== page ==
WHITING - The colorful, audacious, and out-of-left-field Mascot Hall of Fame has been up and running in Whiting for more than six months after a soft opening in late December 2018. A full-on grand opening celebration in early April was complete with a host of local and national mascots and a ceremonial ribbon-cutting — with 8-foot fuzzy scissors.
The 25,000-square-foot facility is proving to be a popular draw.
“The foot traffic so far has been great, and people are really enjoying the hands-on nature of the museum,” says executive director Orestes Hernandez, noting that the hall has welcomed guests from 33 states and three countries outside of the U.S. “We’ve been hosting a lot of birthday parties and corporate events as well, and we expect field trips to pick up next year as schools have more time to plan.”
The attraction, Hernandez believes, is the chance to learn something and to cut loose — notions that aren’t always on display in a traditional museum.
“Our target audience has really been that K-8 group, but we’re finding that adults are enjoying the experience just as much as the kids,” he says. “They’re discovering that it’s OK to be a kid again for a few hours.”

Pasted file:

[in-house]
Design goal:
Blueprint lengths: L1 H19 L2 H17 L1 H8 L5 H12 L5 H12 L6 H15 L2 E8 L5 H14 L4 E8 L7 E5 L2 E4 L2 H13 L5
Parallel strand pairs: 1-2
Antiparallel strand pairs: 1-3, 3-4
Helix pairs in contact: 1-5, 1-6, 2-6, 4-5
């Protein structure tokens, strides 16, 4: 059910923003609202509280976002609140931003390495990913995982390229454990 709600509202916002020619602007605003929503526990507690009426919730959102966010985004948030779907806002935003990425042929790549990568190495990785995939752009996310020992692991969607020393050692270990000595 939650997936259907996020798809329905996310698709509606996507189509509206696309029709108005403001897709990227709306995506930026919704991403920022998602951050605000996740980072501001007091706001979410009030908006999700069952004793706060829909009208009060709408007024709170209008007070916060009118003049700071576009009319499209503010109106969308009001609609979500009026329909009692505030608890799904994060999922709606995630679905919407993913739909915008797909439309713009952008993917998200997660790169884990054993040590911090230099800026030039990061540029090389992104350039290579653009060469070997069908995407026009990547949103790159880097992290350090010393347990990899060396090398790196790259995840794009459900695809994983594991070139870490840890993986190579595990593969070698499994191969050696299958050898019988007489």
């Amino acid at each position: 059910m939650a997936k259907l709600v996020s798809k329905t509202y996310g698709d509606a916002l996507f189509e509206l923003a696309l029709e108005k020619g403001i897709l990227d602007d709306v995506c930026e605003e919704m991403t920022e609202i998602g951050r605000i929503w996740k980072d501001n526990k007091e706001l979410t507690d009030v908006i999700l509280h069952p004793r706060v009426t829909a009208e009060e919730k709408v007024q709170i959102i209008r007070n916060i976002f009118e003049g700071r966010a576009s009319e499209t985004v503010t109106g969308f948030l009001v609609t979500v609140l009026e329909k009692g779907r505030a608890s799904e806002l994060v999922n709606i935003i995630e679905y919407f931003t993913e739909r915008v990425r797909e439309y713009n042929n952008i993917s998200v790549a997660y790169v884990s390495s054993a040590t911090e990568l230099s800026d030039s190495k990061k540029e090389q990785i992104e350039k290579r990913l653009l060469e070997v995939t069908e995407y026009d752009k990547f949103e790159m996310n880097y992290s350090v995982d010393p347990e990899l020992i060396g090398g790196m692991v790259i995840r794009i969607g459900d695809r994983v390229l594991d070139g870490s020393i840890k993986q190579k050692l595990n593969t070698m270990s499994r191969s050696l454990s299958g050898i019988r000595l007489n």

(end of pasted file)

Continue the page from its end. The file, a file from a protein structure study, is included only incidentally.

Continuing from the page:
And even as visitors have gravitated to the hands-on exhibits that museum officials figured would be the biggest draws — including the interactive mascot lab, the T-shirt shooter stadium and the mascot audition studio — there have been a few surprises.
“One of our relatively smaller exhibits upstairs called Textile Touch has become a favorite of kids,” Hernandez explains. “Kids will spend hours up there feeling the different costume materials. It’s been a nice surprise to learn that we have a special place that they enjoy so much.”
For all of the fun and games, however, the Mascot Hall of Fame is still meant to stand as a shrine to the giants of the mascot world. The first honorees, inducted in June, are Chicago Blackhawks mascot Tommy Hawk, the Penn State University Nittany Lion, Sluggerrr from the Kansas City Royals and Benny the Bull (who notched his 50th anniversary with the Chicago Bulls in March). Hernandez says a new class of mascots looking to take their place alongside legends such as the Phillie Phanatic and the Phoenix Suns Gorilla will be slated for induction every year, based on criteria that include longevity (candidates must be at least 10 years old), iconic performances and community involvement.
Likewise, Hernandez says the museum itself will also look to expand and evolve in response to the ways in which visitors continue to interact with the space. While always on the lookout for new ideas (including a potential mascot bobblehead exhibit), he says the driving force behind every addition will be the guiding philosophy of the museum: to provide interactive fun and to never take itself too seriously.
“Everyone who has visited us so far has come away understanding that this is a completely different experience than they’ve had at any other museum, and we want them to have that same feeling every time they come back.”
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